When malnutrition is mentioned, people would always assume that the solution is to give more food especially to children. However, researchers say this is not always the case. Apparently, damage to the gut by infection can cause malnutrition and vaccination failure in children.
Researchers from the University of Virginia School of Medicine worked with malnourished children in Bangladesh and found that food is not enough to vanquish malnutrition. They claim that if effective nutritional measures were implemented to every child around the globe, malnutrition rates would decrease by just a third.
This fact compelled the researchers to look for other factors that contribute to malnutrition in children.
Teaming up with researchers from the University of Vermont and the International Centre for Diarrhoeal Disease Research in Bangladesh, parents and children were visited twice a week and received free medical health care.
The development of malnutrition is said to be observed if the children are unusually short for their age. Despite giving vaccinations and ample medical attention, the researchers found that stunting rose from 9.5 percent upon enrollment to around 27.6 percent by 1 year old.
The children became malnourished despite the efforts, proving that malnutrition is apparently a very hard condition to reverse.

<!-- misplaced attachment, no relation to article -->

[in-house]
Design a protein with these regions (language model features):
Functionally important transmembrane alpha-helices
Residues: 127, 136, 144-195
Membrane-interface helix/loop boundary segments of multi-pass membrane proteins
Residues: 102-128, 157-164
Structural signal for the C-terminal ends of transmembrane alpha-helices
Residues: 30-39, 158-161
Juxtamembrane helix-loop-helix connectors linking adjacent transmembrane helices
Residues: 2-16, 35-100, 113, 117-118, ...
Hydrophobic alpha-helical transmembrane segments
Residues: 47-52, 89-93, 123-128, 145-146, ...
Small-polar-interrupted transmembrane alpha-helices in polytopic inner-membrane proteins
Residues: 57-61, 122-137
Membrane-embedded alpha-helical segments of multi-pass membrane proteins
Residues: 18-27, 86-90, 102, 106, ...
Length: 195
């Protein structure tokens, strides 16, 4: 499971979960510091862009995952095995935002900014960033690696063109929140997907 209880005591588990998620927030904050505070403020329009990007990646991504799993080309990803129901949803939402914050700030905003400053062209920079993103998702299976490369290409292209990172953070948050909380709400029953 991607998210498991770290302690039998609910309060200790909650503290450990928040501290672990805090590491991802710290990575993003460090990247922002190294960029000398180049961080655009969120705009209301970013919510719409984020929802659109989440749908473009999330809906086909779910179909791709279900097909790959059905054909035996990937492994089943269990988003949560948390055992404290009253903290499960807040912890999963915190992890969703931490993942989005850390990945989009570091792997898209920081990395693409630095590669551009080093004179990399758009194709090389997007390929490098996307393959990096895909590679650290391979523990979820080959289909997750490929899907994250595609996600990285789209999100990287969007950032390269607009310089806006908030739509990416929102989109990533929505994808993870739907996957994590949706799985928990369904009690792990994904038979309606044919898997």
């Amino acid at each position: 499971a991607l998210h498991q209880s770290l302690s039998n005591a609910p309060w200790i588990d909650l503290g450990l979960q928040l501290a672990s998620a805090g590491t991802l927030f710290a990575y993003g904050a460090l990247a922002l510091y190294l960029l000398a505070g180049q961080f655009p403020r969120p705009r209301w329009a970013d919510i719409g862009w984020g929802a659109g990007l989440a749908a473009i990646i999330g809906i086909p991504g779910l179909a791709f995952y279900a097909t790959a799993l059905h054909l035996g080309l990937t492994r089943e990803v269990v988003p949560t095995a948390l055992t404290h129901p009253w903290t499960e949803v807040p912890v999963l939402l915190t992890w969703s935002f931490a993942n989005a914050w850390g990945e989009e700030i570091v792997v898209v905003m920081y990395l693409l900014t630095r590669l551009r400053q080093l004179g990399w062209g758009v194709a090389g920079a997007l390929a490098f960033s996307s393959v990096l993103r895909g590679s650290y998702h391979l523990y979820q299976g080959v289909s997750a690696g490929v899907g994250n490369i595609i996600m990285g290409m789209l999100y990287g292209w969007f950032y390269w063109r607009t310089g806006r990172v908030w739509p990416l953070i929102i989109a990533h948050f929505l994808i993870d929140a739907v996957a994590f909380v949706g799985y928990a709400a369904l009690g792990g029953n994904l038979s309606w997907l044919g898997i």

Hence, the researchers suspect that food ingested by stunted kids was not digested properly. They also found that these kids' intestines are being frequently infected compared to infants who are not malnourished.
To test their theory, they performed similar tests on children in the United States who were diagnosed with inflammatory bowel disease. They found that approximately every child had significant results which means that their guts were impaired too.
To add to the hurdle of these kids, important vaccines given through the oral route like rotavirus, a very important vaccine to reduce mortality among children, become less effective. Another important vaccine is the OPV or the oral polio vaccine.
"Since these two vaccines immunize the intestine, we tested if children with the worst gut damage also suffered from vaccine failure," Dr. Bill Petri, chief of Division of Infectious Disease and International Health at UVA said.
The longer children suffer from gut inflammation, the worse their nutritional status and less effective the vaccine will be. Thus, it suggests that the body's immune response may be the culprit in malnutrition problems and this can serve as a target for prevention.
The researchers are hoping for a future where all children are free from malnutrition and vaccine failure.
Photo: CDC Global | Flickr